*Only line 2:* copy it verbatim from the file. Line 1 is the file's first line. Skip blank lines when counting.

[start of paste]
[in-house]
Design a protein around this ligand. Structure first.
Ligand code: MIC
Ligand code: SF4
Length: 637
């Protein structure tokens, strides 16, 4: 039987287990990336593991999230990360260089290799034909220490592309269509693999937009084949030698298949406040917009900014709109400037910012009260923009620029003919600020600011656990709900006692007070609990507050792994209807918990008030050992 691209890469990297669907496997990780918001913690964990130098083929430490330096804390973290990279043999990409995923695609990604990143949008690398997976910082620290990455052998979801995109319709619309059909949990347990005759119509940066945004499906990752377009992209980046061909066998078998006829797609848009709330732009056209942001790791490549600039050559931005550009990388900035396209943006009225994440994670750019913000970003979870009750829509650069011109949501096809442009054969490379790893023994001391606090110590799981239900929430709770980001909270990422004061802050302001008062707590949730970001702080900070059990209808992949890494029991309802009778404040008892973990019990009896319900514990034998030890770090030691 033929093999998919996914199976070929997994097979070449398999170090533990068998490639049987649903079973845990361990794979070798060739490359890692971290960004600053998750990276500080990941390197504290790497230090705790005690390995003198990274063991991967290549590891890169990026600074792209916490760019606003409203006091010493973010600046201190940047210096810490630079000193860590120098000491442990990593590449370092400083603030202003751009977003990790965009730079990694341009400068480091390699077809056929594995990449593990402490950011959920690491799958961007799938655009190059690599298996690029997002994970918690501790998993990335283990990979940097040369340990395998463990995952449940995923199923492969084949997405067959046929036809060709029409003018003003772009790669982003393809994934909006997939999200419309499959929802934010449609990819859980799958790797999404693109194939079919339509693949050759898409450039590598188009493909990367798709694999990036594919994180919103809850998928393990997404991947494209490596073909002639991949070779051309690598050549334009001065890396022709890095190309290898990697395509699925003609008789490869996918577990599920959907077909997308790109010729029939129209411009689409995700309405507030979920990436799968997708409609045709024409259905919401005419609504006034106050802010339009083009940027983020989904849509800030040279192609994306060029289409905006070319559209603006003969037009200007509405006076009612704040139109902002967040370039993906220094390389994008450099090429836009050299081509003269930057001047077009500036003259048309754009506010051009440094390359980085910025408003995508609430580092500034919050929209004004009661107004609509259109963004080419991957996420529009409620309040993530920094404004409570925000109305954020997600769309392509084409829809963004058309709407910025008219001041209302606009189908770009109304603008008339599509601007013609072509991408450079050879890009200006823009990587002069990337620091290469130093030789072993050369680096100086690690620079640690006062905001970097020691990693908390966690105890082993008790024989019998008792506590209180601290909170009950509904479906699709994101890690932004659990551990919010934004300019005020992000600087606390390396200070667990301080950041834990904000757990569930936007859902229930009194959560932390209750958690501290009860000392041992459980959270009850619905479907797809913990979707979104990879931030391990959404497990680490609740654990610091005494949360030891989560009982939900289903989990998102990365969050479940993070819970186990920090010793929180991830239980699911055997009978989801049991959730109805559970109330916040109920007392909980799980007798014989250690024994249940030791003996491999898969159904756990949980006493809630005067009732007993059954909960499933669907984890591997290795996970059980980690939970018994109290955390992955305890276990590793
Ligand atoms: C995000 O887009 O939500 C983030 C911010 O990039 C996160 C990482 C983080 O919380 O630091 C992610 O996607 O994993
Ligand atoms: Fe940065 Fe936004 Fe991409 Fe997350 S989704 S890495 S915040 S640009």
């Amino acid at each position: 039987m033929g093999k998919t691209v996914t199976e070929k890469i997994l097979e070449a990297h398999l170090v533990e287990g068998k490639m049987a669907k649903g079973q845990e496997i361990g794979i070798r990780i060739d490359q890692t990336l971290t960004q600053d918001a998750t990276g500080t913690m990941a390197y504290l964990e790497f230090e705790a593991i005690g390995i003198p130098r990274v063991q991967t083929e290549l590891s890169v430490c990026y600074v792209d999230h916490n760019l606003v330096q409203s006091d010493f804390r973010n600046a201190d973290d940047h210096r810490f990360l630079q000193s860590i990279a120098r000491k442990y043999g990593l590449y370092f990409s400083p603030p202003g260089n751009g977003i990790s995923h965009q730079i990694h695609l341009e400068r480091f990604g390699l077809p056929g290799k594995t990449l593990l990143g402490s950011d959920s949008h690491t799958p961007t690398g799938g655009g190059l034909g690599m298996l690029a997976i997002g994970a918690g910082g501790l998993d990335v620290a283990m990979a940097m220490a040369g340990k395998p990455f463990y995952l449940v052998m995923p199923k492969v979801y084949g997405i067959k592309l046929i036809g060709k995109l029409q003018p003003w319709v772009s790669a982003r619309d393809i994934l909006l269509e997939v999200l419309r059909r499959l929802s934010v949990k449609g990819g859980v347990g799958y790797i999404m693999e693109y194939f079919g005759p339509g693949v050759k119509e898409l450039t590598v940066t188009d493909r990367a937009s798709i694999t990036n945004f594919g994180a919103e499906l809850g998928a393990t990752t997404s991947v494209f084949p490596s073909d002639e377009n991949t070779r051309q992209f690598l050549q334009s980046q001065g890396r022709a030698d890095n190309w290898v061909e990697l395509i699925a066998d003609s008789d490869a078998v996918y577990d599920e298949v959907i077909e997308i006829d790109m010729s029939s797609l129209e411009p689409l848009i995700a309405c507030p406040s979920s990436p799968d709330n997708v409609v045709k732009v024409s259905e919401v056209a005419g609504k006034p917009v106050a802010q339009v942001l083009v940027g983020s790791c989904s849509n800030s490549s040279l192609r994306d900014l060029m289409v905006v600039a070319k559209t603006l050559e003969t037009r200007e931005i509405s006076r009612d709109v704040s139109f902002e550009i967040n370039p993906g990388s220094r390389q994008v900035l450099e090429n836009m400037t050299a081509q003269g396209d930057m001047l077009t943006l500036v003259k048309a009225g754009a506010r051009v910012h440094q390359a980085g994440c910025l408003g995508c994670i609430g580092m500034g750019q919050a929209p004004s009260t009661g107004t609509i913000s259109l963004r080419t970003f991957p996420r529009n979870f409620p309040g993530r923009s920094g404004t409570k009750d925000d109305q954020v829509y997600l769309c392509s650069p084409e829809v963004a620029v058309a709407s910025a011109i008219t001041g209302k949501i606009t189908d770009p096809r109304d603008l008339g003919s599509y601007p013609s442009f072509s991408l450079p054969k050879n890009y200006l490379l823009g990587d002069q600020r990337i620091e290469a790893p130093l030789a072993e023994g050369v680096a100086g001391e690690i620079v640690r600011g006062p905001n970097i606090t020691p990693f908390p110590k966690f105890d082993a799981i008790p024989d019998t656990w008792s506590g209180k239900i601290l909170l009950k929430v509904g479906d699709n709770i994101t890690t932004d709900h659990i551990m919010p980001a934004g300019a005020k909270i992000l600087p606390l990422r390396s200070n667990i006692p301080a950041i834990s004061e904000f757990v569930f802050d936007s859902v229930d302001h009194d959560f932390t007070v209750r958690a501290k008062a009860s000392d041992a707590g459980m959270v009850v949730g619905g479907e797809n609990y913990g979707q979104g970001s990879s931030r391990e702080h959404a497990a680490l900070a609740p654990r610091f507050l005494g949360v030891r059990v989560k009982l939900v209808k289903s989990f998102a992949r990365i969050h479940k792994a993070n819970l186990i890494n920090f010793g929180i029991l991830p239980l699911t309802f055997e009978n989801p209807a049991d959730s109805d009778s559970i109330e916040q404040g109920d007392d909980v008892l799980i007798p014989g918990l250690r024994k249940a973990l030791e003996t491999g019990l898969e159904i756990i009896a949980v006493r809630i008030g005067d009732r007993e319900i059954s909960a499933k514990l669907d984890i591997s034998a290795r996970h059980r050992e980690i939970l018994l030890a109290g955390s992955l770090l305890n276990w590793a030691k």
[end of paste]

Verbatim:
Design a protein around this ligand. Structure first.